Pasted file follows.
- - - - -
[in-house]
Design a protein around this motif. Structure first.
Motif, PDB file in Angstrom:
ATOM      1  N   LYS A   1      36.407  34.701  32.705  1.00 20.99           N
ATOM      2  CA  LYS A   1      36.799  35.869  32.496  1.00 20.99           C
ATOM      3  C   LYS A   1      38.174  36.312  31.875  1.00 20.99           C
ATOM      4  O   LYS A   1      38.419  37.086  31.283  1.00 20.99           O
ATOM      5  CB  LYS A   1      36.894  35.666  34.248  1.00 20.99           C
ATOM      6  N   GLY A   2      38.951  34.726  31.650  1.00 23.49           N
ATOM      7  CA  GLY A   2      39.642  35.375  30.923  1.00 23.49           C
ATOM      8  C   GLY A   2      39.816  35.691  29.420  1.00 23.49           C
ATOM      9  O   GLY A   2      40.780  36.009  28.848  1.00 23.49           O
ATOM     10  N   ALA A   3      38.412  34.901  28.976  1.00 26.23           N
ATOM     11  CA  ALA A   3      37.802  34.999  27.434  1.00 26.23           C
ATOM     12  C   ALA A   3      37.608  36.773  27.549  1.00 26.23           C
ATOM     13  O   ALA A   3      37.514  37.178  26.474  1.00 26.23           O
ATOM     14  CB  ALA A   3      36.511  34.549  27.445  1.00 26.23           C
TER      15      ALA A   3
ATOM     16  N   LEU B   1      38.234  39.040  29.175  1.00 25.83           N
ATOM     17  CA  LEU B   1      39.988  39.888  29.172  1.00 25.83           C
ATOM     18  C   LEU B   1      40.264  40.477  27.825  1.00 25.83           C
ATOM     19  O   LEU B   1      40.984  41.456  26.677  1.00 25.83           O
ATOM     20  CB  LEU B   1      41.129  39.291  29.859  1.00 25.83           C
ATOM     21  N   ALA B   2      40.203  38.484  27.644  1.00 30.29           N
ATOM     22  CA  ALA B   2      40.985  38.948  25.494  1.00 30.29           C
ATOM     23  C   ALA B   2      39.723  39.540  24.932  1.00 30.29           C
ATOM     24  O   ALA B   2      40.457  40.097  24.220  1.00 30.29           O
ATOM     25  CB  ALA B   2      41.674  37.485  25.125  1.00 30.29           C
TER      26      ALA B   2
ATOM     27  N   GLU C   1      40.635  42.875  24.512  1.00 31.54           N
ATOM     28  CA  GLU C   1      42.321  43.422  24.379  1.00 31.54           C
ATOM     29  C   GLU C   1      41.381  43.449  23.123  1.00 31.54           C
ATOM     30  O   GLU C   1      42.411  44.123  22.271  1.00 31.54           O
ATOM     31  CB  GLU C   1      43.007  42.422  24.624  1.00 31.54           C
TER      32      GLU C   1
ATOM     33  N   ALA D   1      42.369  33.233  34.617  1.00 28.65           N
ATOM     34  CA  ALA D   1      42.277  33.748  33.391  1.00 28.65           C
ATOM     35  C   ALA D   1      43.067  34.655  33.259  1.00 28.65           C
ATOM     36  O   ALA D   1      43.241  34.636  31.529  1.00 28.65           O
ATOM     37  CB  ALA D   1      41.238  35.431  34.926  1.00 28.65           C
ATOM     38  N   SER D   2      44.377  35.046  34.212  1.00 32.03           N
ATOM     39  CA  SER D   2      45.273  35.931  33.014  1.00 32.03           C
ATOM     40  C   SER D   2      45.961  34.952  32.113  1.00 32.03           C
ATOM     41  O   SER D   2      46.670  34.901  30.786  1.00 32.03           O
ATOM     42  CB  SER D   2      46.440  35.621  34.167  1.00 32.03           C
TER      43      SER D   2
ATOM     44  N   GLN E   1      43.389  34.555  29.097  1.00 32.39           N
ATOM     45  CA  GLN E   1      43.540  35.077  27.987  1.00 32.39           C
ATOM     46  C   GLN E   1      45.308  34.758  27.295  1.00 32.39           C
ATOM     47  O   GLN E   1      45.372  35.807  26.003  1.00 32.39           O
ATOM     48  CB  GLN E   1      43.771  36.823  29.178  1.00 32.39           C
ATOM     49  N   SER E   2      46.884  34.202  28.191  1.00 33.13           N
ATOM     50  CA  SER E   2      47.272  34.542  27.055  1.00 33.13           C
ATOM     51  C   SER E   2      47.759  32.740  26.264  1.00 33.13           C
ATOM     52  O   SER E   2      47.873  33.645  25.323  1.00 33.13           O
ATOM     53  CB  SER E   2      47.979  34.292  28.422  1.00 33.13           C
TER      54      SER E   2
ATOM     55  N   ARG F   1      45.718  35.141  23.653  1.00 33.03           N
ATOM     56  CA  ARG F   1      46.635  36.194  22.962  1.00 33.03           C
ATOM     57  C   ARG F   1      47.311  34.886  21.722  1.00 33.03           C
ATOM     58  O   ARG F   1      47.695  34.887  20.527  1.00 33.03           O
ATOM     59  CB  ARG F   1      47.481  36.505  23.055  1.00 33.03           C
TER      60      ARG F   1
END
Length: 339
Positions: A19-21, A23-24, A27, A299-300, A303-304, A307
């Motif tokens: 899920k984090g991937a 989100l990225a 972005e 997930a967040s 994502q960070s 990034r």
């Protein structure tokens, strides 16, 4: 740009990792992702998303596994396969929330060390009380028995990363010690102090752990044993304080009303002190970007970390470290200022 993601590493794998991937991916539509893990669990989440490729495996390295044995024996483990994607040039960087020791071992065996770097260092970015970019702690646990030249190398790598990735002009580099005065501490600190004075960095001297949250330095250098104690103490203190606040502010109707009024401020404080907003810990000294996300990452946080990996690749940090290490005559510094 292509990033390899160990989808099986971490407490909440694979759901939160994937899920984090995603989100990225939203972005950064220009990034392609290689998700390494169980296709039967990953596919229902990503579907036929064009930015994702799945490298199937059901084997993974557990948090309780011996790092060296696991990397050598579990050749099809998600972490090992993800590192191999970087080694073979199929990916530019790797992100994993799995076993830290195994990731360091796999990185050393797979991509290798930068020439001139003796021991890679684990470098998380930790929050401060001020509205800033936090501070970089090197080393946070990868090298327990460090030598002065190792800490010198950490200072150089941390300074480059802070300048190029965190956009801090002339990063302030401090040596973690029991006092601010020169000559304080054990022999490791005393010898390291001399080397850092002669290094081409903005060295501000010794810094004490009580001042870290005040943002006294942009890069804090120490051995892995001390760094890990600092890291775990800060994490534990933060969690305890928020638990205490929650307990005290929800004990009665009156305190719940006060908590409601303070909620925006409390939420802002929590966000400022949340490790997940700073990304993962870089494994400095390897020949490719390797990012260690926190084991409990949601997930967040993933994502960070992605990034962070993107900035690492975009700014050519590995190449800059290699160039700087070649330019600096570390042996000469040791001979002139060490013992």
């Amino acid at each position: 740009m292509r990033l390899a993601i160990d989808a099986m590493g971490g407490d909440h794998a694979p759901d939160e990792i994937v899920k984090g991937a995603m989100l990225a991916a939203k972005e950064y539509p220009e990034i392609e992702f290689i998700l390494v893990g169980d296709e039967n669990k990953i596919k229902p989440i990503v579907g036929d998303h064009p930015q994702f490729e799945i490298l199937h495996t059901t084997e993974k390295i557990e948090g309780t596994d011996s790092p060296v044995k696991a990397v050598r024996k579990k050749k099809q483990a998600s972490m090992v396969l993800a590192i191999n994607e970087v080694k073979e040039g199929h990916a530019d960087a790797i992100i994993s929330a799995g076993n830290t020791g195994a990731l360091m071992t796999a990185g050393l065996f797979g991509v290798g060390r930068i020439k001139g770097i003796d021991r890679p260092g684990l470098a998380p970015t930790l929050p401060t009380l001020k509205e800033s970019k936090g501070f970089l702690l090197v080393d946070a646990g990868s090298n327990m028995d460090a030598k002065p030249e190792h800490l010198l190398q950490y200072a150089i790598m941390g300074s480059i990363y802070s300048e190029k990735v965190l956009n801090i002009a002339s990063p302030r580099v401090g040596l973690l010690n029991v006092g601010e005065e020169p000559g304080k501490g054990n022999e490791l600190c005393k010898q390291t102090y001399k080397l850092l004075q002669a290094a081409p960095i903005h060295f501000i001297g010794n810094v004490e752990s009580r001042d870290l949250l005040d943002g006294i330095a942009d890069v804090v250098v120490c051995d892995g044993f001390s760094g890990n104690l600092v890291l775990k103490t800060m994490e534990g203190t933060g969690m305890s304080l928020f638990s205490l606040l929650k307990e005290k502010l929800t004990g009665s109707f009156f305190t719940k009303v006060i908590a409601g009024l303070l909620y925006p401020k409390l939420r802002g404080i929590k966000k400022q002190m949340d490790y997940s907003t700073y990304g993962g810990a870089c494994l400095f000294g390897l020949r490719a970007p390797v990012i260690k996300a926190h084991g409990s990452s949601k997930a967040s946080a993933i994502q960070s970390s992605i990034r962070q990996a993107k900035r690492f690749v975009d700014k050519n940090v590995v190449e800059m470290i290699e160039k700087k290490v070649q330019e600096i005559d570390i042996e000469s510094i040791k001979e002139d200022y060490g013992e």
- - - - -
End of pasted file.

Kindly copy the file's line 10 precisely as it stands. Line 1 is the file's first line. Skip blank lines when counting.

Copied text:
ATOM      7  CA  GLY A   2      39.642  35.375  30.923  1.00 23.49           C